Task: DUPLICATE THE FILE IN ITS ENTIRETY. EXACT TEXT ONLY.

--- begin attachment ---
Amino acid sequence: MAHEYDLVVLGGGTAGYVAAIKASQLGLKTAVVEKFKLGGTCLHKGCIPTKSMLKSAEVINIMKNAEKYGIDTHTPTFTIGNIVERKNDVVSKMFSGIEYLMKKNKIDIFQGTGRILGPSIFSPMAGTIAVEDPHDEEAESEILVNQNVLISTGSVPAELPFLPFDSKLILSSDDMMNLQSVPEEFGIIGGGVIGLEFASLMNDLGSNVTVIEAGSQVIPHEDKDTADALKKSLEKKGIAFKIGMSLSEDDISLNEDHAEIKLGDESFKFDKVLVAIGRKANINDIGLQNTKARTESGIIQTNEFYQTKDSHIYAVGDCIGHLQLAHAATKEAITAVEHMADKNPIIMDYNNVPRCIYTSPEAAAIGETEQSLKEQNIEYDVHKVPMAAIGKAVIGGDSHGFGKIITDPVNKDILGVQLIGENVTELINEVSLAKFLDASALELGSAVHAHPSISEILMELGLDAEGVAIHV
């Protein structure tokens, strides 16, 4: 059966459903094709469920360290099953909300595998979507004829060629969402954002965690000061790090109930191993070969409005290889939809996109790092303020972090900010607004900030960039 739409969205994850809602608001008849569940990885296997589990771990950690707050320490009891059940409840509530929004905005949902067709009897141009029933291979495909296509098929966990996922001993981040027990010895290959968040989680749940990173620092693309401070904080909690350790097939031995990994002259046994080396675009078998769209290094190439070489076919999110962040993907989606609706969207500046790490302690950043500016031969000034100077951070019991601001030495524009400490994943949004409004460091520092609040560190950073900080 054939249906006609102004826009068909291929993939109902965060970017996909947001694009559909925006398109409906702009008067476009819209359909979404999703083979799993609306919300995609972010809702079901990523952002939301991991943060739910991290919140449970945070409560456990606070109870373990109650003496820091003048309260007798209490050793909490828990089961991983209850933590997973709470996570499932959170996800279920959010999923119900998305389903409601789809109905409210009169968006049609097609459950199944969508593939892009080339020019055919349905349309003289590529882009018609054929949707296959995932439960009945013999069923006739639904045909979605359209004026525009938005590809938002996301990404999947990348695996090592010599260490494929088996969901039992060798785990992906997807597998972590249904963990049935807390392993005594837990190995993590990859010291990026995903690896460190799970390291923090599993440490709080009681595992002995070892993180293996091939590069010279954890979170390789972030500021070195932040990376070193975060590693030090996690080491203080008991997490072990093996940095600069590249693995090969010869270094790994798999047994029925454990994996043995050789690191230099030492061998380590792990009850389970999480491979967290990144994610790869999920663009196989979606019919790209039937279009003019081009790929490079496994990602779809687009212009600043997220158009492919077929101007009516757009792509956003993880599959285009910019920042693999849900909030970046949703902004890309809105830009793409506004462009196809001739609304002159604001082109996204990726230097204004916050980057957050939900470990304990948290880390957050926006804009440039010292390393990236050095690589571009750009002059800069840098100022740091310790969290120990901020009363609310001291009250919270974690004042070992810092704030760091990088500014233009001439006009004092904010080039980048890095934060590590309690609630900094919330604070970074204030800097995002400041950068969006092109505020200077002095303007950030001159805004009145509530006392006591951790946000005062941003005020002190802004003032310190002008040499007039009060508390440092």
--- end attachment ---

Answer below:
Amino acid sequence: MAHEYDLVVLGGGTAGYVAAIKASQLGLKTAVVEKFKLGGTCLHKGCIPTKSMLKSAEVINIMKNAEKYGIDTHTPTFTIGNIVERKNDVVSKMFSGIEYLMKKNKIDIFQGTGRILGPSIFSPMAGTIAVEDPHDEEAESEILVNQNVLISTGSVPAELPFLPFDSKLILSSDDMMNLQSVPEEFGIIGGGVIGLEFASLMNDLGSNVTVIEAGSQVIPHEDKDTADALKKSLEKKGIAFKIGMSLSEDDISLNEDHAEIKLGDESFKFDKVLVAIGRKANINDIGLQNTKARTESGIIQTNEFYQTKDSHIYAVGDCIGHLQLAHAATKEAITAVEHMADKNPIIMDYNNVPRCIYTSPEAAAIGETEQSLKEQNIEYDVHKVPMAAIGKAVIGGDSHGFGKIITDPVNKDILGVQLIGENVTELINEVSLAKFLDASALELGSAVHAHPSISEILMELGLDAEGVAIHV
């Protein structure tokens, strides 16, 4: 059966459903094709469920360290099953909300595998979507004829060629969402954002965690000061790090109930191993070969409005290889939809996109790092303020972090900010607004900030960039 739409969205994850809602608001008849569940990885296997589990771990950690707050320490009891059940409840509530929004905005949902067709009897141009029933291979495909296509098929966990996922001993981040027990010895290959968040989680749940990173620092693309401070904080909690350790097939031995990994002259046994080396675009078998769209290094190439070489076919999110962040993907989606609706969207500046790490302690950043500016031969000034100077951070019991601001030495524009400490994943949004409004460091520092609040560190950073900080 054939249906006609102004826009068909291929993939109902965060970017996909947001694009559909925006398109409906702009008067476009819209359909979404999703083979799993609306919300995609972010809702079901990523952002939301991991943060739910991290919140449970945070409560456990606070109870373990109650003496820091003048309260007798209490050793909490828990089961991983209850933590997973709470996570499932959170996800279920959010999923119900998305389903409601789809109905409210009169968006049609097609459950199944969508593939892009080339020019055919349905349309003289590529882009018609054929949707296959995932439960009945013999069923006739639904045909979605359209004026525009938005590809938002996301990404999947990348695996090592010599260490494929088996969901039992060798785990992906997807597998972590249904963990049935807390392993005594837990190995993590990859010291990026995903690896460190799970390291923090599993440490709080009681595992002995070892993180293996091939590069010279954890979170390789972030500021070195932040990376070193975060590693030090996690080491203080008991997490072990093996940095600069590249693995090969010869270094790994798999047994029925454990994996043995050789690191230099030492061998380590792990009850389970999480491979967290990144994610790869999920663009196989979606019919790209039937279009003019081009790929490079496994990602779809687009212009600043997220158009492919077929101007009516757009792509956003993880599959285009910019920042693999849900909030970046949703902004890309809105830009793409506004462009196809001739609304002159604001082109996204990726230097204004916050980057957050939900470990304990948290880390957050926006804009440039010292390393990236050095690589571009750009002059800069840098100022740091310790969290120990901020009363609310001291009250919270974690004042070992810092704030760091990088500014233009001439006009004092904010080039980048890095934060590590309690609630900094919330604070970074204030800097995002400041950068969006092109505020200077002095303007950030001159805004009145509530006392006591951790946000005062941003005020002190802004003032310190002008040499007039009060508390440092």